Masking Out Video Tags with HTML5 Canvas

For Halloween we built Haunted Hills, a neat video chat app that places users' web cameras into a spooky, ParallaxJS powered graveyard. One of our more curious challenges was to cut out video feeds so that users' faces fit perfectly into place.

Haunted Hills

This feature went through several iterations, including experiments with CSS masks, overflow: hidden, and overlayed graphics. However the best solution I could come up with was to capitalize on the <canvas> element's globalCompositeOperation option, which tells context how to draw on top of existing content.

Video tags are drawable canvas elements

2d canvas context has the ability to draw <img> elements using context.drawImage(), however this also supports the use of <video> and <canvas> tags. With a basic requestAnimationFrame loop, producing a masked video only takes a few steps. Once the images have been selected, all that is required to produce the intended effect is to draw the video feed, set the context's globalCompositeOperation to destination-in, and the mask will eat away the unwanted pixels when drawn.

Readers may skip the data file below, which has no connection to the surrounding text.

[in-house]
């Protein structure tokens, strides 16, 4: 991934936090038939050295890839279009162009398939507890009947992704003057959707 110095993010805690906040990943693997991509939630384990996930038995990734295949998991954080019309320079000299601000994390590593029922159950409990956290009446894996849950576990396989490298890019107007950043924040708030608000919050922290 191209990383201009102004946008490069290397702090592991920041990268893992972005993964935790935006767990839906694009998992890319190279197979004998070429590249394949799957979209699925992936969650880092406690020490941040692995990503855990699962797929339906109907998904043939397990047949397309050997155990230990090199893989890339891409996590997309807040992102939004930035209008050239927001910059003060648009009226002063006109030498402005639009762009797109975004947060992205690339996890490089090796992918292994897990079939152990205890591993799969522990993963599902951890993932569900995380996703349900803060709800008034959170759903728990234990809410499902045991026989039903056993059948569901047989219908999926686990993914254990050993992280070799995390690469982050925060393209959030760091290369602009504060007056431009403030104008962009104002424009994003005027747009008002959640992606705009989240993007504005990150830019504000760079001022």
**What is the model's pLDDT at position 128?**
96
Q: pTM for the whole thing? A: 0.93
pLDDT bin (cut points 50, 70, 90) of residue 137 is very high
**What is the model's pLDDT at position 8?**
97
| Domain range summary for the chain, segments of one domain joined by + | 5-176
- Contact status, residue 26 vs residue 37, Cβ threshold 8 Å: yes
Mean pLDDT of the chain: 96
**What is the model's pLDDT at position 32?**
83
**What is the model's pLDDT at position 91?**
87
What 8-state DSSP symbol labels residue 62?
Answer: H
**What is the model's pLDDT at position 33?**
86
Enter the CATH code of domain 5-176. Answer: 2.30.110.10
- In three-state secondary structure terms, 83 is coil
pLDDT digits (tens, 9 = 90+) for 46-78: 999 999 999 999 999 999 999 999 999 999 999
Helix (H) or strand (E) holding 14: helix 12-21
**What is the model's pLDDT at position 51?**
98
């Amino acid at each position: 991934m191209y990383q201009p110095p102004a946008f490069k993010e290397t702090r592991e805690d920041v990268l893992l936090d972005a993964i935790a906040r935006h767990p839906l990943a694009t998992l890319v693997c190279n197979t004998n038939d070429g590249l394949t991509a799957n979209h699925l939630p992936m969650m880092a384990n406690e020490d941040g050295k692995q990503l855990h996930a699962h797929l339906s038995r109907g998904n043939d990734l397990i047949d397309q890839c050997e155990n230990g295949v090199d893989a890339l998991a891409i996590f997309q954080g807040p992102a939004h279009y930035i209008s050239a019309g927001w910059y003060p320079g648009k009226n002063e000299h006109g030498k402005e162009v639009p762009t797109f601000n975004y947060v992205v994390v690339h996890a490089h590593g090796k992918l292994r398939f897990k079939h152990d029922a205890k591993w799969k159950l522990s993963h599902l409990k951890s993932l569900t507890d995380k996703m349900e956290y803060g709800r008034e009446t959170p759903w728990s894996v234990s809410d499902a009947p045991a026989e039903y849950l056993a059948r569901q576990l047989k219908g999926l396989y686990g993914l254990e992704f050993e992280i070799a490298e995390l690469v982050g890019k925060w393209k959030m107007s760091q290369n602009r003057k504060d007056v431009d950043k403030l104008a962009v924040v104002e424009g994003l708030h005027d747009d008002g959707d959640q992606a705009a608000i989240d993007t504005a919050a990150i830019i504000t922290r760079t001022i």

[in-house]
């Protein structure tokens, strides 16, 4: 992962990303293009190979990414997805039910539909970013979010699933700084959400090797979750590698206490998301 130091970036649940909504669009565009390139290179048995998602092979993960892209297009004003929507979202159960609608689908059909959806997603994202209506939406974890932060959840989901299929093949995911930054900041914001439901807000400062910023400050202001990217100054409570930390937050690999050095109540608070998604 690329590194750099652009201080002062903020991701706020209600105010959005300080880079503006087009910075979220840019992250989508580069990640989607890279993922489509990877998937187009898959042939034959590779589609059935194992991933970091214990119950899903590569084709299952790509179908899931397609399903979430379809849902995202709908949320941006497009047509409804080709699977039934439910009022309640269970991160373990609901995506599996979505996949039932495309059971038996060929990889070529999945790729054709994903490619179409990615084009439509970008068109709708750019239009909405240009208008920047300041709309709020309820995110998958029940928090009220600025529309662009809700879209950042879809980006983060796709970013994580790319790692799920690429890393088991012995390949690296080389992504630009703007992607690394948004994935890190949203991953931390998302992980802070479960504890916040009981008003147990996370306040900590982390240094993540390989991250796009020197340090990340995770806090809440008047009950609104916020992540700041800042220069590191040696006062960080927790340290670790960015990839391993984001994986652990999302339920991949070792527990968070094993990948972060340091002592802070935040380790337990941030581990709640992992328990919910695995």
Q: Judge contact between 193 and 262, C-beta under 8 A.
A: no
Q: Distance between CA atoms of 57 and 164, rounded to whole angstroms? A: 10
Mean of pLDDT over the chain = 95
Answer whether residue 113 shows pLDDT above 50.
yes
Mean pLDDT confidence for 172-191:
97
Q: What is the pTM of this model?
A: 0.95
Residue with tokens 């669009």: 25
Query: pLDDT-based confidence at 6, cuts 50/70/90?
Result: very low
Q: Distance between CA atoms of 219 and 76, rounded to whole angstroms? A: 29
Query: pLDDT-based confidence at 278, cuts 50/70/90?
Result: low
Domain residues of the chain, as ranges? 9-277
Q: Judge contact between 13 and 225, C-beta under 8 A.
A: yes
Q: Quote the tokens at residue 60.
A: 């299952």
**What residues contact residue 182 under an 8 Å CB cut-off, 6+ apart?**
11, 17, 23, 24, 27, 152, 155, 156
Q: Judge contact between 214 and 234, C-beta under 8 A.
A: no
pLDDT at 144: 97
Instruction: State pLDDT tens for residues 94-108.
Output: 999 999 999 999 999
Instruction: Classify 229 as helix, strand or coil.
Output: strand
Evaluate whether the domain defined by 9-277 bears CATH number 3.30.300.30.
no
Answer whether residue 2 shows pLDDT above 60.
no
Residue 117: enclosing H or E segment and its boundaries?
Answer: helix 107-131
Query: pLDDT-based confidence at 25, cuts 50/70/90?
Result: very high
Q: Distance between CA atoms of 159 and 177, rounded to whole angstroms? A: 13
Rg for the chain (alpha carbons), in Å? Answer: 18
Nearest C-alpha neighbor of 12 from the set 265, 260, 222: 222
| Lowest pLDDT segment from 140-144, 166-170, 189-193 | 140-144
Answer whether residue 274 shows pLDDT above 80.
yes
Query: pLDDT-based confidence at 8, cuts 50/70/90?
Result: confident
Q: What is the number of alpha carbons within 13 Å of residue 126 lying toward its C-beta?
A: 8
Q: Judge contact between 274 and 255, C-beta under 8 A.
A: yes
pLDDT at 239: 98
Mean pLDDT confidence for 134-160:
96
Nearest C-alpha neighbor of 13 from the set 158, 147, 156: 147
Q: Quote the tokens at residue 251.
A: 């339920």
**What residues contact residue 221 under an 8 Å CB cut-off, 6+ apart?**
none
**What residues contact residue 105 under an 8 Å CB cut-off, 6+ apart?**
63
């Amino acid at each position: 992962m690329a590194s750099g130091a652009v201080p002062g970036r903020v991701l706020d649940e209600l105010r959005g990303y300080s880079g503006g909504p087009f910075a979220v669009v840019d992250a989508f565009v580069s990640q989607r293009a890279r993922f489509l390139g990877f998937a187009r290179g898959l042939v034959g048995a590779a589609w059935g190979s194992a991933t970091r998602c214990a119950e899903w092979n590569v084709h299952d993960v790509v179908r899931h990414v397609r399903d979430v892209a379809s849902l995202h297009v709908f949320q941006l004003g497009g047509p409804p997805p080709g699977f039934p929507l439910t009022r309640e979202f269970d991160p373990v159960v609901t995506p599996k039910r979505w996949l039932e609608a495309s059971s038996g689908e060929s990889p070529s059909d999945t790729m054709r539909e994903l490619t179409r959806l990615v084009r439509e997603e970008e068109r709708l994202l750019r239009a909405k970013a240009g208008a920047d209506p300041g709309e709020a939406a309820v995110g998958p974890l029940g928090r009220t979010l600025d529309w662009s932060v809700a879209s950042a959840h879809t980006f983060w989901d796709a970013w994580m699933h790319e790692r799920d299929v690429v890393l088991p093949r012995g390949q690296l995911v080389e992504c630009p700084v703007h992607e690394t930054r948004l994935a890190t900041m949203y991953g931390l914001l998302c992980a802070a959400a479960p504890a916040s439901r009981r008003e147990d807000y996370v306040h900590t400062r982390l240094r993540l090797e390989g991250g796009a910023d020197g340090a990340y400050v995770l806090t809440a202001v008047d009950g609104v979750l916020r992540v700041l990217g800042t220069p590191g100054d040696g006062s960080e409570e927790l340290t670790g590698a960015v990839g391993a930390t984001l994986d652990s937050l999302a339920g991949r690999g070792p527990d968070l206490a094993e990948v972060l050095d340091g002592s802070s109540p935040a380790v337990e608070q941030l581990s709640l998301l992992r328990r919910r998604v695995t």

There is an inverse to destination-in: destination-out. It's possible to use this setting, however the mask would need to be inverted as well. With a mask such as:

A mask

The desired effect can be achieved with the following code:

 // Get our mask image
var canvas = document.querySelector(".canvas");
var mask = document.querySelector(".mask");
var video = document.querySelector(".video");

function drawMaskedVideo() {;

 // Draw the video feed
 ctx.drawImage(video, 0, 0);

 // Set the composite operation, which is responsible for masking
 // see
 ctx.globalCompositeOperation = 'destination-in';

 // Apply the mask
 ctx.drawImage(mask, 0, 0);


requestAnimationFrame(function loop() {

As for the original <video> tag, there are a couple of ways to hide it. However on we actually don't even attach the <video> tag to the DOM. I've demonstrated this in the following prototype. Enjoy!

Nate is a senior developer in our Durham, NC office, where he focuses on client-side application development. Most days, you can find him neck-deep in JavaScript working with clients such as The Nature Conservancy and the Wildlife Conservation Society.

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